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    I disagree that the technique is a defense for any kind of punch. Won-Hyo's punch presupposes the attacker is wrapped up in the double-block (1st movement), then having his elbow smashed (2nd movement), and then punched in the ribs (3rd movement). The "fixed stance" is a horrible name, but, it is intended to allow forward motion - facilitating the punch. It can be used for most grabs where defender can lower it to (waist in Kukkiwon's and traditional ITF's case; chest level in modern ITF's case). So shoulder, elbow, wrist, belt grabs are subject to the chamber, where you take the grab. – user6519 Nov 3 '16 at 13:57
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    @Collett89, Sorry - respectfully, I disagree. In JoonGun, the beom-seogi movement does not define getting off the line of attack - a critical element for punch defense. Also, the chamber hand needlessly sits at the waist (unless the analysis concludes the punch is caught). I think, the application cannot be for defense against a punch. The attack need not be a punch; it likely is a grab, there is no reason the attack example should change from a likely scenario (a grab) to an unrealistic one (the punch) just because it might be dangerous to the students. – user6519 Nov 3 '16 at 20:52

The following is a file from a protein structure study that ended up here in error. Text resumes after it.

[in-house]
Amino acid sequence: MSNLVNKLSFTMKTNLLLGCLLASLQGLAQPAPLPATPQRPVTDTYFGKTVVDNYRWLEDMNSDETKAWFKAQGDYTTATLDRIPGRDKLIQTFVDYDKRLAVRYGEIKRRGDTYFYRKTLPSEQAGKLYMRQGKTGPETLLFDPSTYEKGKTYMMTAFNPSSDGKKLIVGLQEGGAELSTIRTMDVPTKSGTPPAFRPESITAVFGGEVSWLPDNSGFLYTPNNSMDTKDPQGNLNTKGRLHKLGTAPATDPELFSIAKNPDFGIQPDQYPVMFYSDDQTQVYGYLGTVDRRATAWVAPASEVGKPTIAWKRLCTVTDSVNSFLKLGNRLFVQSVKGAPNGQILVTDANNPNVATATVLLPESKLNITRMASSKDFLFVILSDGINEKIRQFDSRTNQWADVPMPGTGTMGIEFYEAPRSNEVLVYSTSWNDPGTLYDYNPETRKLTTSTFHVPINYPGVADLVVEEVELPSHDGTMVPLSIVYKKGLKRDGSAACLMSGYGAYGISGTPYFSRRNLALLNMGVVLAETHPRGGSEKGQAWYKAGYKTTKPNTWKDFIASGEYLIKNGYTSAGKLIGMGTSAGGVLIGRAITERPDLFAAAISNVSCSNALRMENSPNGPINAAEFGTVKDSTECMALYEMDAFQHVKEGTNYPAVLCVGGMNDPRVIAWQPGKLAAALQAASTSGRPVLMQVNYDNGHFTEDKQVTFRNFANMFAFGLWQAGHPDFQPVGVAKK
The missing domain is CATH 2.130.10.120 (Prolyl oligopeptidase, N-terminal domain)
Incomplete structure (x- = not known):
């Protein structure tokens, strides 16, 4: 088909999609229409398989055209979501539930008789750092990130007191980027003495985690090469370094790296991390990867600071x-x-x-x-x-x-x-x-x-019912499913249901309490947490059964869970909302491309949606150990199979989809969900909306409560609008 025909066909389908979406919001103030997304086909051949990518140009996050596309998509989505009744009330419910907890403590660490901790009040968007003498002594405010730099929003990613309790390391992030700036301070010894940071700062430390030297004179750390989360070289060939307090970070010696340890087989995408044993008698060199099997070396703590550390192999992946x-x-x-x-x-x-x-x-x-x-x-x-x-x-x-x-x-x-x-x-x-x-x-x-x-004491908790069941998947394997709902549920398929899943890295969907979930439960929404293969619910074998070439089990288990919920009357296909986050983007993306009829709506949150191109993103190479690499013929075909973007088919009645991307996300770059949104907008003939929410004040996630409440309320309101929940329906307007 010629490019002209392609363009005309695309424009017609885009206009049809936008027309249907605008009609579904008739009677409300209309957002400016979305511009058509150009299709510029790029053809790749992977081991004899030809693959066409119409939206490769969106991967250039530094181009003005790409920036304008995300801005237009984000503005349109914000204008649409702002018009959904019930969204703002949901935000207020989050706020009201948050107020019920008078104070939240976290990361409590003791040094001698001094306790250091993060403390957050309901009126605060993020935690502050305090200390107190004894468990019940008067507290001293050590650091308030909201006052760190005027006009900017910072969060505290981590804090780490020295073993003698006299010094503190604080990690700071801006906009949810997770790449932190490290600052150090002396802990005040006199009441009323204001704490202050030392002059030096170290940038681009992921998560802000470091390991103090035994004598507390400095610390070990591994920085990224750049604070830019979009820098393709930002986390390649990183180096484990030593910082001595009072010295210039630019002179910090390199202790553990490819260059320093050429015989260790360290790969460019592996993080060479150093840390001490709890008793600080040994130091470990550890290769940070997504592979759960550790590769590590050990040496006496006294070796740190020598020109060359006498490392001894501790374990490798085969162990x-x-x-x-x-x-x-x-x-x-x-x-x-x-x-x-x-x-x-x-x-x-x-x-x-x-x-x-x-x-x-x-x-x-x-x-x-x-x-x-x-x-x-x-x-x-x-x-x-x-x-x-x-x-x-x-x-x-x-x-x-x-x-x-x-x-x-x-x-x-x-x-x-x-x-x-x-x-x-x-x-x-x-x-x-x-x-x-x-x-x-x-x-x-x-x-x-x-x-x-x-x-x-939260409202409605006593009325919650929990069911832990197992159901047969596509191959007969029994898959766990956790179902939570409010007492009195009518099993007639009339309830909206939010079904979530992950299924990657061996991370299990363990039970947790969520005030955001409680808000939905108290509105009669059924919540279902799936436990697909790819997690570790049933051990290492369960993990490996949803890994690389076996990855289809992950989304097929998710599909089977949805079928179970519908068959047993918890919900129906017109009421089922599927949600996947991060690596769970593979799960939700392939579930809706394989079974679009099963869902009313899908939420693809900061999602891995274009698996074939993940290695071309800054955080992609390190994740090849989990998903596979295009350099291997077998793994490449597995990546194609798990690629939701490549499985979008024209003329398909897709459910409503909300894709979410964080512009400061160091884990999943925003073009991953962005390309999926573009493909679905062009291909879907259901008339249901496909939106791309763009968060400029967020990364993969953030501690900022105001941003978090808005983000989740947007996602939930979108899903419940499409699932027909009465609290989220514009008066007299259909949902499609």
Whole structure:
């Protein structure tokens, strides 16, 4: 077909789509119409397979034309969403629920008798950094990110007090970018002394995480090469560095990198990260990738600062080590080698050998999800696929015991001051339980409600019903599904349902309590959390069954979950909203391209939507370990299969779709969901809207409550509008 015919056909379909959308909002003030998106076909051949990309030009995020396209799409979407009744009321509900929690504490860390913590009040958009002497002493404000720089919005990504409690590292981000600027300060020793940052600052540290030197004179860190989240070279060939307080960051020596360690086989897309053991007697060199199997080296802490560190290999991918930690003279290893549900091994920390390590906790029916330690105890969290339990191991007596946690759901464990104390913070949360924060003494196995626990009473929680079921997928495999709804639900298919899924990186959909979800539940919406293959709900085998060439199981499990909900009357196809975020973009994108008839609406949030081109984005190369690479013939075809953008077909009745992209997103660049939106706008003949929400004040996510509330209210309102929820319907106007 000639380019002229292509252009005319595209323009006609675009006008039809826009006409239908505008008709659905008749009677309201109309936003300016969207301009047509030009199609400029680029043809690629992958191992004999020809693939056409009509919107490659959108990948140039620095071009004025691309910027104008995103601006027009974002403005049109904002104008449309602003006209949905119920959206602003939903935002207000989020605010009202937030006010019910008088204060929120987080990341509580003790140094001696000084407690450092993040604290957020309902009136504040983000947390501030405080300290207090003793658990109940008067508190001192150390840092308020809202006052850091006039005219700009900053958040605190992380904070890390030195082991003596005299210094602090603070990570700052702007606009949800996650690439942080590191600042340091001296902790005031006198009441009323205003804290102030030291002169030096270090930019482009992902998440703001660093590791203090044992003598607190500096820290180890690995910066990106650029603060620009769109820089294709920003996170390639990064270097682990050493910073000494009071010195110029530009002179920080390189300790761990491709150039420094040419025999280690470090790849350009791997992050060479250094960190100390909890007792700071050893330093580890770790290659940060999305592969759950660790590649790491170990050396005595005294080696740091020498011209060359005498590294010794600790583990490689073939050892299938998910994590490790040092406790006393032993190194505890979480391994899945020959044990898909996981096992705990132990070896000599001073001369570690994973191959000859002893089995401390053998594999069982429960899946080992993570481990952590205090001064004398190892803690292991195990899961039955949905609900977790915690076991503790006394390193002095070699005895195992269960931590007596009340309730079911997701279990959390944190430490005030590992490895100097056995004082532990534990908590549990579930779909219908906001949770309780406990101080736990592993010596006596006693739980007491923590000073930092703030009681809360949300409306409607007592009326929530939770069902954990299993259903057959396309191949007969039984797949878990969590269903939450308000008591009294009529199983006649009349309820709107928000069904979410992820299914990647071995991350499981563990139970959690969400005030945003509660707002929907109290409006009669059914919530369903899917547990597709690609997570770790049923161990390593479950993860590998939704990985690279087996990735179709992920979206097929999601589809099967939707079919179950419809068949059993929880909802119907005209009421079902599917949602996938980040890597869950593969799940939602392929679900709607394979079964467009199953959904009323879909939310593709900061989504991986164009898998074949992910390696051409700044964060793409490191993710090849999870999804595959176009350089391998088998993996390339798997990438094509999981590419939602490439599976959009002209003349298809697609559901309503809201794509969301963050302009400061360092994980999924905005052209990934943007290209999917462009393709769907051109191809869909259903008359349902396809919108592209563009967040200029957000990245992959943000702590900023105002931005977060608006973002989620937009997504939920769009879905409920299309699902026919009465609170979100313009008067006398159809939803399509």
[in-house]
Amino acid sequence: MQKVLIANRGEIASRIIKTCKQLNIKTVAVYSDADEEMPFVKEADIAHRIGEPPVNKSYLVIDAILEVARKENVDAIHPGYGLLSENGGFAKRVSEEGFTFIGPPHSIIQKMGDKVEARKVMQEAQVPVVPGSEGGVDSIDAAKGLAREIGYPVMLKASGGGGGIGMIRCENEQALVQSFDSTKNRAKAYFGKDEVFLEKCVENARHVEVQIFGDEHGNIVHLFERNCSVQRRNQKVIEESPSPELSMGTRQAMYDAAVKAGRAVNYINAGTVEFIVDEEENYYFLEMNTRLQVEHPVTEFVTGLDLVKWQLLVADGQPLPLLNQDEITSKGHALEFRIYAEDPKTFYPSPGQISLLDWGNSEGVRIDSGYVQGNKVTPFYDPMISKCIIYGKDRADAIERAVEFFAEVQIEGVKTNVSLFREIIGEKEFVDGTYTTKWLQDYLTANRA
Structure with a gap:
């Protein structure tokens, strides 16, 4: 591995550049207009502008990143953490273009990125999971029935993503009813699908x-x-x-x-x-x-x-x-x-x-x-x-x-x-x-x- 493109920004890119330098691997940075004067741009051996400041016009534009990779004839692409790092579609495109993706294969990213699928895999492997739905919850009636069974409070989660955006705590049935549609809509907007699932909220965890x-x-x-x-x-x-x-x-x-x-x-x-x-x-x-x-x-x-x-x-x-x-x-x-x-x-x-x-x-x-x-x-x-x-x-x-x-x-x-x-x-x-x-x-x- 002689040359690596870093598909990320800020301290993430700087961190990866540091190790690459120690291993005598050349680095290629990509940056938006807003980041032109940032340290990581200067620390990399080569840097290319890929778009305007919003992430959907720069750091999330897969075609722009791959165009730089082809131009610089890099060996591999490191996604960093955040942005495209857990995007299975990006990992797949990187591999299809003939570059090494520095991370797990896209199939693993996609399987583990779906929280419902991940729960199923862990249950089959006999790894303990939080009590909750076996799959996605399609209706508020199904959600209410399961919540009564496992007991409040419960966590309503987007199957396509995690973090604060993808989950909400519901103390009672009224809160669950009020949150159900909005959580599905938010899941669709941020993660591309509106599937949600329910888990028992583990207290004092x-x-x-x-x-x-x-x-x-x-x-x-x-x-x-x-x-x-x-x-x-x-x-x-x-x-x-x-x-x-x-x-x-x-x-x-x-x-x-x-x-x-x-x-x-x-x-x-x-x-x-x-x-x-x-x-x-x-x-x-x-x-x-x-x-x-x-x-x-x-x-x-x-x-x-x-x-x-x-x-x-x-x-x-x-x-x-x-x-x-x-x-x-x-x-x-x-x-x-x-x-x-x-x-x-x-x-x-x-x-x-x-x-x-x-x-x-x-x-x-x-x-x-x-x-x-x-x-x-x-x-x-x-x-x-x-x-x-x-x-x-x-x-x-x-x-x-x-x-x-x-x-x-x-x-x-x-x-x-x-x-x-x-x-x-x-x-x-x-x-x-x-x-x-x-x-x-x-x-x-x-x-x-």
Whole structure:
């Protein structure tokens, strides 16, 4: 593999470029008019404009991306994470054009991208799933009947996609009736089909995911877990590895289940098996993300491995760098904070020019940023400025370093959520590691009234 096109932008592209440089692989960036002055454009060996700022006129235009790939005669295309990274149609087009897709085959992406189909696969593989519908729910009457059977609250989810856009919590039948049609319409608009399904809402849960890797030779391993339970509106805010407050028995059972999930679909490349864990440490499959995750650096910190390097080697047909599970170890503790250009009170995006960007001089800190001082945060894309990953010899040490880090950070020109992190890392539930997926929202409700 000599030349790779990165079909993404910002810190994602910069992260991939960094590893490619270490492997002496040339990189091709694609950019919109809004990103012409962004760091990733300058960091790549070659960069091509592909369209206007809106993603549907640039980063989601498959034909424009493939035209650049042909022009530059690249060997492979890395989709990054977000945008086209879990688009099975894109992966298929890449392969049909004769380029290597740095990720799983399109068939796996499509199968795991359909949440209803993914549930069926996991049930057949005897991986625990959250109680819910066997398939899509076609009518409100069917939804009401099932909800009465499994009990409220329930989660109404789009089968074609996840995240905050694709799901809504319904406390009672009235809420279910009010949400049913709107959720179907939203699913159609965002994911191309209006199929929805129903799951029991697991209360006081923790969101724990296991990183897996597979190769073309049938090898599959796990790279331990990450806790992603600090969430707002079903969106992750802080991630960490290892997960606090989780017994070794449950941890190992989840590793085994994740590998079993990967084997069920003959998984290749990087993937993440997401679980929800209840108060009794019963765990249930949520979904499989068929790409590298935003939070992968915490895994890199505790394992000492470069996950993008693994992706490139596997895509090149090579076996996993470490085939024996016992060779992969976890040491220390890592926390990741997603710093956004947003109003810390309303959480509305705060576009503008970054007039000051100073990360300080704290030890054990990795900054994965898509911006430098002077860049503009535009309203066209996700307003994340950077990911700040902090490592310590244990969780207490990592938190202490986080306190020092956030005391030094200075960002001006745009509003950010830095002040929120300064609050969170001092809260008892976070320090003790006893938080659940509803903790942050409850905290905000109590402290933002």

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    Also, don't assume an attack begins with a grab; but it may end up as a grab. Therefore, the timing issues you mention going for a grab wouldn't make sense. Grabs can occur as a result of the previous movement; or to prevent you from grabbing your own weapon, etc. Rarely does an attack begin with "here, grab my wrist". – user6519 Nov 3 '16 at 20:54

We often use the same block in Kukki-Taekwondo during one step sparring for defending against a punch so then we can easily grab the underside of their punching wrist, from there we can quickly apply arm/wrist locks. This is changing in the amount it's used with the new Kukkiwon one step syllabus being more self-defence focused (rather than technical), but still...


If you have the full encyclopedia, you'll find further details and illustrations of applications for this technique in the description of Joong Gun Hyung, Vol 9 pages 216 and 222. It's noteworthy that the text says "the palm reaches the target in a circular motion", and one of the photos shows a dotted line tracing the motion of the hand: it should be brought about a hand span in front of the blocking shoulder as the body's squared while stepping the back leg through, then loop outwards to drag an incoming attack outside the line of the body and downwards, circling it inwards again and upwards as the hand comes back on line with the front foot. Dragging the attack sideways first is necessary to stop a kick or punch hitting you, and the circular motion helps unbalance the attacker. You could think of it a bit like a grasping block that doesn't just make a small arc, but loops right round from maybe 11pm on a clock to maybe 8pm, clockwise, though at the end of the movement the hand's not travelling in a side to side plane but move back-to-front.